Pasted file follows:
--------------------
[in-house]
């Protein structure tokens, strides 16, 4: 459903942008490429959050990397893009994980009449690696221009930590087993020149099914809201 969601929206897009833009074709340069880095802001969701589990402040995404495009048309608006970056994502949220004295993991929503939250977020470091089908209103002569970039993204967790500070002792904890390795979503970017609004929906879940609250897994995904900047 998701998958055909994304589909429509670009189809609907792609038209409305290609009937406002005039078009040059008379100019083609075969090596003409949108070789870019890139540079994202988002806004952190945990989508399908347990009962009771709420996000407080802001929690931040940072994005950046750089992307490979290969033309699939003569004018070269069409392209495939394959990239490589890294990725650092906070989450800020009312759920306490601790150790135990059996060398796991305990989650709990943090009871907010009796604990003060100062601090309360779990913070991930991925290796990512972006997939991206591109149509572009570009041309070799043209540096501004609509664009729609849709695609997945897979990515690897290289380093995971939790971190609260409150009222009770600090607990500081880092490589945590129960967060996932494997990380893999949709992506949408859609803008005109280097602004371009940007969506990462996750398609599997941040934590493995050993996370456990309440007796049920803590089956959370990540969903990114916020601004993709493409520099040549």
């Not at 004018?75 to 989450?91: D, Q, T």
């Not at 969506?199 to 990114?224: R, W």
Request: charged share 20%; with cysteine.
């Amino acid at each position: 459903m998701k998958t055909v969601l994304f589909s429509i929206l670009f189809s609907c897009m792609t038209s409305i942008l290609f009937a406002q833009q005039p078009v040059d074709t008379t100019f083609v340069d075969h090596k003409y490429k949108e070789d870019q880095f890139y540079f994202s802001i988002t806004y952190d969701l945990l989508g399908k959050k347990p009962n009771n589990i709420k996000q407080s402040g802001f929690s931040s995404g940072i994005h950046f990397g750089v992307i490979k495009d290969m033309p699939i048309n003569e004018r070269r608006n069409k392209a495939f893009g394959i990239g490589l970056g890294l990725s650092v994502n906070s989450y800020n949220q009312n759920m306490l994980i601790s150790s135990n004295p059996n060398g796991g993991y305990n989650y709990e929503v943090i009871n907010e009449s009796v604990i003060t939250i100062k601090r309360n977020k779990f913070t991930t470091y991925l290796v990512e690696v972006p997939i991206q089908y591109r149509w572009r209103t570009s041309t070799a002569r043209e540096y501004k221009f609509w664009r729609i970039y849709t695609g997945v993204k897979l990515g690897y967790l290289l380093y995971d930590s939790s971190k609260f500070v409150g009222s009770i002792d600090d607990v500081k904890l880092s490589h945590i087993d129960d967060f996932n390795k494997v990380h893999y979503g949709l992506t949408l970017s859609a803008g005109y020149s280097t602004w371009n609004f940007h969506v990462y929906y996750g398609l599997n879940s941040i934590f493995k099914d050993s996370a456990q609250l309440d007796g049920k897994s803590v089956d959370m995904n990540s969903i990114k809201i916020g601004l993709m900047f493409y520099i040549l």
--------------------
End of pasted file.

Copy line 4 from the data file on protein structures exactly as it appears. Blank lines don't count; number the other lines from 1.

């Not at 969506?199 to 990114?224: R, W």